In the human eye, TF is mostly expressed in the retinal vessel walls but only faintly in anterior segmental tissue. 4 Recently, it was shown that genes related to blood coagulation were upregulated in an experimental retinal detachment model in the pig. 5 In this study, TF gene expression showed a threefold change in expression level and was considered to be upregulated in detached and peridetached neural retinas and in retinal pigment epithelial (RPE) cells, compared with control retinas. It is postulated that TF may be a critical determinant of the extent of tissue injury mediated by an ongoing inflammatory response. 6 For instance, it was suggested that plasma TF levels reflect endothelial cell injury and/or destruction of TF-containing cells in patients with diabetes mellitus with retinopathy or nephropathy. 3 Since the blood–retinal barrier with its TF-containing RPE cells may be damaged during rhegmatogenous retinal detachment (RRD), it is conceivable that TF is released into the subretinal space. Moreover, blood coagulation components may play an essential role in the development of proliferative vitreoretinopathy (PVR) after RRD, as is shown in animal models. 7,8  
The purpose of our study was to confirm the presence of TF in human clinical specimens, to investigate the biological activity of the TF protein in subretinal and vitreous fluid samples collected from patients with RRD and to compare TF activity in patients with and those without PVR. Therefore, we used calibrated automated thrombography (CAT) to investigate whether subretinal fluid and vitreous fluid collected from patients who underwent reattachment surgery for RRD induces procoagulant activity. This functional test, developed by Hemker et al., 9,10 allows for the measurement of the composite effect of the multiple factors that determine coagulation capacity. In a similar way, we examined the procoagulant abilities of vitreous fluids from patients with various ocular conditions, including macular pucker, macular hole, and proliferative diabetic retinopathy (PDR). We report that subretinal fluid collected from RRD patients exerts high procoagulant activity by the action of TF, although we were not able to demonstrate a higher TF activity in eyes of patients with PVR. On the other hand, procoagulant activity in vitreous fluids from other ocular conditions was negligible.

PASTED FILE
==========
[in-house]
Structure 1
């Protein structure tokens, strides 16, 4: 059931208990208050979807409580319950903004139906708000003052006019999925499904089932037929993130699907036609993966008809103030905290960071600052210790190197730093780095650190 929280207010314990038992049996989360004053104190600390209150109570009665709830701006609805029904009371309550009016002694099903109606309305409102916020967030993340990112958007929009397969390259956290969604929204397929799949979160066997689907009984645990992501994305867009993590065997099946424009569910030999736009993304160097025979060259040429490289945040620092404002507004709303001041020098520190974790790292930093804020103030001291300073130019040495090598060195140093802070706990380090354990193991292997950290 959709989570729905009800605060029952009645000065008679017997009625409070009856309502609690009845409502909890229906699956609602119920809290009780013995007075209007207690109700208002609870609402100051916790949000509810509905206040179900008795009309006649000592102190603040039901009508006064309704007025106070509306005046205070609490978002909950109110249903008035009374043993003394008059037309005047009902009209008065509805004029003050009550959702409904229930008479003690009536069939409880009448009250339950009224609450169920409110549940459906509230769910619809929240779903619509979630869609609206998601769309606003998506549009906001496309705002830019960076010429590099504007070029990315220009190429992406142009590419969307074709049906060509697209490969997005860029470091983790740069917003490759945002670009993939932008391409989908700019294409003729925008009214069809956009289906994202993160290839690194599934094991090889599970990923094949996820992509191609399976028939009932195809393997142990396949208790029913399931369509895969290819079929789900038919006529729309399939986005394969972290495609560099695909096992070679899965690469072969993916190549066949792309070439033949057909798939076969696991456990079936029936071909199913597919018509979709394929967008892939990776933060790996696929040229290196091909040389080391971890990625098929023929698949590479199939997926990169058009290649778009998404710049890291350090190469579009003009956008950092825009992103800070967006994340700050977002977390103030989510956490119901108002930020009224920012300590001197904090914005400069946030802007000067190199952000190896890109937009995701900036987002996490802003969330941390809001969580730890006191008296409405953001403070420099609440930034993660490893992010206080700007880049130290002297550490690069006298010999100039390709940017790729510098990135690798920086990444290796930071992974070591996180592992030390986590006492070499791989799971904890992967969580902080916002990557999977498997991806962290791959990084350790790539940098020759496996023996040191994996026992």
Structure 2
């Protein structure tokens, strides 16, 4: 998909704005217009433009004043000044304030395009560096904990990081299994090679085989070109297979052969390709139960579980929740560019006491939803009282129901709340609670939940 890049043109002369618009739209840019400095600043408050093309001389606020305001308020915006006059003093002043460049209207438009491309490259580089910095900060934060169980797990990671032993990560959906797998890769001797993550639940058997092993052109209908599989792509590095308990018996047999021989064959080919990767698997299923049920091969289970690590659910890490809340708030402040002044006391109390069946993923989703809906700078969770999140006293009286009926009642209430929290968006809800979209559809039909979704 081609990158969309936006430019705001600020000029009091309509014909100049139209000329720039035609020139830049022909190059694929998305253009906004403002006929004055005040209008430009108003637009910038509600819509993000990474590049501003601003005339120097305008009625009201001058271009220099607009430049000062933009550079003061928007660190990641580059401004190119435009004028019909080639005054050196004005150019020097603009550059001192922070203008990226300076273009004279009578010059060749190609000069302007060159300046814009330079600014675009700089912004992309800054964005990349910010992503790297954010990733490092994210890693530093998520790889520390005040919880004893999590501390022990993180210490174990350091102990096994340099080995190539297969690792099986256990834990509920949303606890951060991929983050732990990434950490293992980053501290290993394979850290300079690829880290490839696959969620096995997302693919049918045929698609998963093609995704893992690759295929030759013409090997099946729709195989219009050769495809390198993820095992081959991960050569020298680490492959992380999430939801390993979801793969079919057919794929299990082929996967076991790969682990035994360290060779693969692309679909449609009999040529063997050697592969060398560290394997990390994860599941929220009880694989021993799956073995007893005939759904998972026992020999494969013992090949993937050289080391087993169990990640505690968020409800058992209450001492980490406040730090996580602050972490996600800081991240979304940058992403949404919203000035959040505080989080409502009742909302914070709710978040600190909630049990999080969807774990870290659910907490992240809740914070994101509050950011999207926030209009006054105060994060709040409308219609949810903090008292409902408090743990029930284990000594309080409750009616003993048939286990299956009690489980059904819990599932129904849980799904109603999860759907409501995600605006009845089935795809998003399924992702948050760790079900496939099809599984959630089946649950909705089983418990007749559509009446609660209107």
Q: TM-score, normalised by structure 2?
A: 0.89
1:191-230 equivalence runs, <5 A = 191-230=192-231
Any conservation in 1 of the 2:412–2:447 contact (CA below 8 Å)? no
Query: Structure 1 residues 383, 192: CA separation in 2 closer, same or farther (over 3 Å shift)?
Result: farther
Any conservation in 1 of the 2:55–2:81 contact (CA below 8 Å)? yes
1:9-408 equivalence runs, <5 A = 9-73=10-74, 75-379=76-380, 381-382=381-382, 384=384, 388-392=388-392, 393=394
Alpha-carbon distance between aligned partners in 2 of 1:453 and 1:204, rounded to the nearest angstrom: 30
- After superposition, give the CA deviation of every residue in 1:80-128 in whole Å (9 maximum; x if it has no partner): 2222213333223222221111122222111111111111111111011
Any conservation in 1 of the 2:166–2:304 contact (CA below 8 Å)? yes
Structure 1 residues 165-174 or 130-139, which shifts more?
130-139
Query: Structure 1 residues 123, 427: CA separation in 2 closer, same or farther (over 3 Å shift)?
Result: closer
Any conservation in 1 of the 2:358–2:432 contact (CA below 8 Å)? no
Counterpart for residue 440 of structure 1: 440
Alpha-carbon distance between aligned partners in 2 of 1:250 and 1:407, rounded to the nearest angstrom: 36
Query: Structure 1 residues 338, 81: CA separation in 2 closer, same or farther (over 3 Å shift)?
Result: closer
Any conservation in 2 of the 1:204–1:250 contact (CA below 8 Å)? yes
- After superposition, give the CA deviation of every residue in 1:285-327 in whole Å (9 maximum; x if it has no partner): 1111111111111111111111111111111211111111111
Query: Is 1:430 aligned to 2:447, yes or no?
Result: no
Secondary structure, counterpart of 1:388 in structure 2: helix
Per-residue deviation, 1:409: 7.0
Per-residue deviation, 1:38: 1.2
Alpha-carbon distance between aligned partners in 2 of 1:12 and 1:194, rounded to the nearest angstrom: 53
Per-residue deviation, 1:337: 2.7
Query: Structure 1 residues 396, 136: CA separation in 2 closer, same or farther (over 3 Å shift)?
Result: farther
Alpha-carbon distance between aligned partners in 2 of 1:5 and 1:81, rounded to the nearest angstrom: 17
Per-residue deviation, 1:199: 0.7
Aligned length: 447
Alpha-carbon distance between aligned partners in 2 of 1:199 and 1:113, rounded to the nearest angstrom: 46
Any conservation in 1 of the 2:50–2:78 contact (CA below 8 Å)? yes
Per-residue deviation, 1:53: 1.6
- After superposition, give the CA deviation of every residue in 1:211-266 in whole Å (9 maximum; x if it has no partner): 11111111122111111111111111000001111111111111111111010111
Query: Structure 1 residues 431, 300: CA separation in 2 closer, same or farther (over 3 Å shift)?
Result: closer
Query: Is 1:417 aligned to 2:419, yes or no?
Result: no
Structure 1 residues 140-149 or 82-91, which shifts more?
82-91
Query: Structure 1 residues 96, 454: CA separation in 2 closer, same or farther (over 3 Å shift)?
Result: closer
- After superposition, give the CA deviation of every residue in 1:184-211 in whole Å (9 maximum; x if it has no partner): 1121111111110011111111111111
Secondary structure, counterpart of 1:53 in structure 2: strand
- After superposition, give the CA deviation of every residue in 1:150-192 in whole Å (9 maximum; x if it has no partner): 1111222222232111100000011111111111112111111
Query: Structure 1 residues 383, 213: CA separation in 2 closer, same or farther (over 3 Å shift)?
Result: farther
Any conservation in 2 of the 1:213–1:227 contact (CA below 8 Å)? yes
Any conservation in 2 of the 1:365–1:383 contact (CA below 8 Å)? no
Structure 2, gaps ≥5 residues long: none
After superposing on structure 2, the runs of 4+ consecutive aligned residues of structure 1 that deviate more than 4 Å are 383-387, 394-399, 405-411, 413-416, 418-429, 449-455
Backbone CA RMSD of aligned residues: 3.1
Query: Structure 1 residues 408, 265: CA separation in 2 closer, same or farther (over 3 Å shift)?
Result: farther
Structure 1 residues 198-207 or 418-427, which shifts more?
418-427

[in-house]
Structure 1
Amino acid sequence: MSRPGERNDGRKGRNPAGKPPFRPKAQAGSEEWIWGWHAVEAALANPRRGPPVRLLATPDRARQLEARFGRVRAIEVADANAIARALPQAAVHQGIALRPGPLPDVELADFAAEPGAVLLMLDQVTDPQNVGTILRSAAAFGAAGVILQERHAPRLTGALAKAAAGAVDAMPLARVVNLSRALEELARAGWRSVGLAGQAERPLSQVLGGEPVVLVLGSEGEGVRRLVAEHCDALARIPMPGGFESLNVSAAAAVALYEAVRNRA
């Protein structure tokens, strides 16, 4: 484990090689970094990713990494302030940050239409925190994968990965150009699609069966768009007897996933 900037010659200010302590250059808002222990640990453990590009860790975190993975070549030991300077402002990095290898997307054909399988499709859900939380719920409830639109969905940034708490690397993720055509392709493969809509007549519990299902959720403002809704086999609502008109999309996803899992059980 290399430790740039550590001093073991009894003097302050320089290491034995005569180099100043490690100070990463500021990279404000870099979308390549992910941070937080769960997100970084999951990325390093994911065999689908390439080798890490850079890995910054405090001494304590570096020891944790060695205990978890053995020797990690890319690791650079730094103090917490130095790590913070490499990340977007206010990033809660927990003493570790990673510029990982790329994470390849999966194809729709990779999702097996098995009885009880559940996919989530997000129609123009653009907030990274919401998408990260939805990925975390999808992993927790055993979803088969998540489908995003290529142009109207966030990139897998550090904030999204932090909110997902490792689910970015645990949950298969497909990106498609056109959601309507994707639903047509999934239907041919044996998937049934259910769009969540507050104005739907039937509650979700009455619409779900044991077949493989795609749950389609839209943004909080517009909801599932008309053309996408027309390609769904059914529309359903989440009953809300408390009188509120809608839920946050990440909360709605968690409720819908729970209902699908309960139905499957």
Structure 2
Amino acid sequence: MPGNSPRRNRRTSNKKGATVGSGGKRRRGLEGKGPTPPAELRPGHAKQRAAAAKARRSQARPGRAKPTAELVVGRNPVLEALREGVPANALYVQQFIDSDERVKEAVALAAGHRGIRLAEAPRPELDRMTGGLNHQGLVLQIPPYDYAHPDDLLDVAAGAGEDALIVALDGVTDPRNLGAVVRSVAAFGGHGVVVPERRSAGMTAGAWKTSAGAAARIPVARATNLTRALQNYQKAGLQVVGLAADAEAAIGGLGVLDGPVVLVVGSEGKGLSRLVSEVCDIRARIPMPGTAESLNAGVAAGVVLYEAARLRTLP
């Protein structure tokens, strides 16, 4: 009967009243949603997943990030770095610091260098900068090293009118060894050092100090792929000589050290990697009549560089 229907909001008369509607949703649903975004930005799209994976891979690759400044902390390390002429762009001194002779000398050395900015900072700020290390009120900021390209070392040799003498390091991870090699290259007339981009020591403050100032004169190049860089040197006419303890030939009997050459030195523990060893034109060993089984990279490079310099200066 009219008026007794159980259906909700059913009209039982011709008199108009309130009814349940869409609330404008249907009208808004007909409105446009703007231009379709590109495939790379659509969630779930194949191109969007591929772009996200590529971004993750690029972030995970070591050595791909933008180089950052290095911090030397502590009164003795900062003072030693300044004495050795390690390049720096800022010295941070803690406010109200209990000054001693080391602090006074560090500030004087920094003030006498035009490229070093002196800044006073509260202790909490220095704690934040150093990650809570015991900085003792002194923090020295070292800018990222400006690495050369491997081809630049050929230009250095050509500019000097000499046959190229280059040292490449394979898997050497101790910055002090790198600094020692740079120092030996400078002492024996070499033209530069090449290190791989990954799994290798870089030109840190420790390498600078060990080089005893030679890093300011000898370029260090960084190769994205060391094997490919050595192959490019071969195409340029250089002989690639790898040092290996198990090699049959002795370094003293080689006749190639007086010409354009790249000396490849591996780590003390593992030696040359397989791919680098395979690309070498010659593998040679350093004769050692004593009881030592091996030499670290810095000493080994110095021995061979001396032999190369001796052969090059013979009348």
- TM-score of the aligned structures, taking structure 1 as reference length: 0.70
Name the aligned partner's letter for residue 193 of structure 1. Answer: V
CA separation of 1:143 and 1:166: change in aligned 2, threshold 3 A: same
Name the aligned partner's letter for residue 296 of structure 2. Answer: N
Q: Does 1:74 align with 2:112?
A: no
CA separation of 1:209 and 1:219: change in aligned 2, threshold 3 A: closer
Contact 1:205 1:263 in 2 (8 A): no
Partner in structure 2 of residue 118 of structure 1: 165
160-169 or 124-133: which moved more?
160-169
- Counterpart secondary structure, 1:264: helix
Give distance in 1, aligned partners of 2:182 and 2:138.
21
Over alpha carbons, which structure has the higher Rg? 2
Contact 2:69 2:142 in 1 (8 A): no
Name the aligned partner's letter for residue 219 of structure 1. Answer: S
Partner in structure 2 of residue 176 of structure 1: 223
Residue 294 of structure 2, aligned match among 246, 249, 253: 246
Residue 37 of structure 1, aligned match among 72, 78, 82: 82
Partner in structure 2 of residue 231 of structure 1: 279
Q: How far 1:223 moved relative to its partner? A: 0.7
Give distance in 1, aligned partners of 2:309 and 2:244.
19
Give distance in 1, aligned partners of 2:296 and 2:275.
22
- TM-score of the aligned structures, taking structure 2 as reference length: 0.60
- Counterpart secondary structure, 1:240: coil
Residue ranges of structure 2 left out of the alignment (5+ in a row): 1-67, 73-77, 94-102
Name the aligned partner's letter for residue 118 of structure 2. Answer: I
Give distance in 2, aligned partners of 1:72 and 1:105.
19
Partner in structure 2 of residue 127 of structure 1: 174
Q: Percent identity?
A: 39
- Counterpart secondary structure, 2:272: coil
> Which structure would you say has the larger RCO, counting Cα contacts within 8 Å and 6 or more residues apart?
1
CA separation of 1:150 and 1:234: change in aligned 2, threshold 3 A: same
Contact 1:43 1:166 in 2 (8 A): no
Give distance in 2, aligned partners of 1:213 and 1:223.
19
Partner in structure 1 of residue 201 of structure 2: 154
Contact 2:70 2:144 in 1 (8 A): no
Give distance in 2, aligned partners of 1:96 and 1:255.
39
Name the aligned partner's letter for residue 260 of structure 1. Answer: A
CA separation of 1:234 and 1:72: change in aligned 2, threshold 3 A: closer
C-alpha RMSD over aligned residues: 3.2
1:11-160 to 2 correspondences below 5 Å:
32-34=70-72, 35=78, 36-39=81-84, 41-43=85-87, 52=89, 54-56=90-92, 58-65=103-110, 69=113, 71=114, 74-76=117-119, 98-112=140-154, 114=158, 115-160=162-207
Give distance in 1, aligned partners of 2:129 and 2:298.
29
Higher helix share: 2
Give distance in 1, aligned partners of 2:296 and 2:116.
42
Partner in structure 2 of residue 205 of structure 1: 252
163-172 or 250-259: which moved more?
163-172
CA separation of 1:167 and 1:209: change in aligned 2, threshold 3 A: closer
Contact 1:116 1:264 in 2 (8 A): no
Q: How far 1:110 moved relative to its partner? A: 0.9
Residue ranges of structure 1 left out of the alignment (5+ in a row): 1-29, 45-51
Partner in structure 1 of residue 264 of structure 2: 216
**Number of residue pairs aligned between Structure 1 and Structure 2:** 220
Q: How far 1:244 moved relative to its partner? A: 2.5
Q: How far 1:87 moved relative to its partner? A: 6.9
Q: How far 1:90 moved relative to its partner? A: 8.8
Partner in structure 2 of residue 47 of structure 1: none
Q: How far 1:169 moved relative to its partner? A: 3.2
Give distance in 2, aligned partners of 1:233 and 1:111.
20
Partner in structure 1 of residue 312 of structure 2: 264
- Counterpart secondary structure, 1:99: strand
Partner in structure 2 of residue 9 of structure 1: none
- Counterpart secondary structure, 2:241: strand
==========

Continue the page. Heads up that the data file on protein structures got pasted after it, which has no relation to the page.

Methods
Chemicals
Phospholipid vesicles consisted of 20 mol% phosphatidylserine (PS), 20 mol% phosphatidyl-ethanolamine (PE), and 60 mol% phosphatidylcholine (PC) and were obtained from Avanti (Alabaster, AL). Recombinant relipidated (r)TF not containing polybrene or Ca2+ was a kind gift from Dade Behring (Marburg, Germany). HEPES-buffered saline comprised 20 mM HEPES and 140 mM NaCl (pH 7.35). Fluorogenic substrate, Z-Gly-Gly-Arg-AMC, was obtained from Bachem (Bubendorf, Switzerland). On splitting by thrombin, Z-Gly-Gly-Arg-AMC releases the fluorescent AMC (7-amino-4-methylcoumarin), which is measured by a 390-nm excitation and a 460-nm emission filter set. A fresh mixture of fluorogenic substrate and CaCl2 was prepared for each experiment as follows: To 875 μL of buffer (HEPES 20 mM, pH 7.35) containing 60 g/L BSA (A-7030; Sigma-Aldrich), 100 μL of 1 M CaCl2 was added. At 37° C, 25 μL of a 100-mM DMSO solution of the fluorogenic substrate was squirted into the mixture and immediately vigorously stirred. The resulting clear solution, referred to as FluCa, thus is 2.5 mM in fluorogenic substrate and 100 mM in CaCl2. A calibrator was prepared in-house and consisted of α2macrogobulin-thrombin (α2M-T) complex with an activity that is equal to that of 600 nM human thrombin in buffer. Severely factor (F)XII-deficient plasma was obtained from Siemens (Marburg, Germany). Antibodies against TF were purchased from American Diagnostica (Stamford, CT). 
Subjects
In our department, subretinal fluid and vitreous fluid samples are routinely collected during scleral buckling surgery and pars plana vitrectomy, respectively. From samples stored in our BioBank, we selected 28 subretinal fluid samples from patients with primary RRD. Eighteen patients had an uncomplicated postsurgical follow-up, and 10 patients had a redetachment due to development of PVR within 2 months. In the former group, two different collection techniques were applied. To investigate whether vitreous fluids of various ocular disorders would induce procoagulant activity, we selected 12 patients with primary RRD, 5 patients with macular pucker, 6 patients with macular hole, and 5 patients with PDR. Eleven human vitreous samples obtained from 11 eye bank eyes with consent for research were used as the control. Vitreous fluid was isolated within 24 hours after death. The donors did not have any known eye disease and had died as the result of a trauma, a cerebrovascular event, or respiratory or cardiac failure.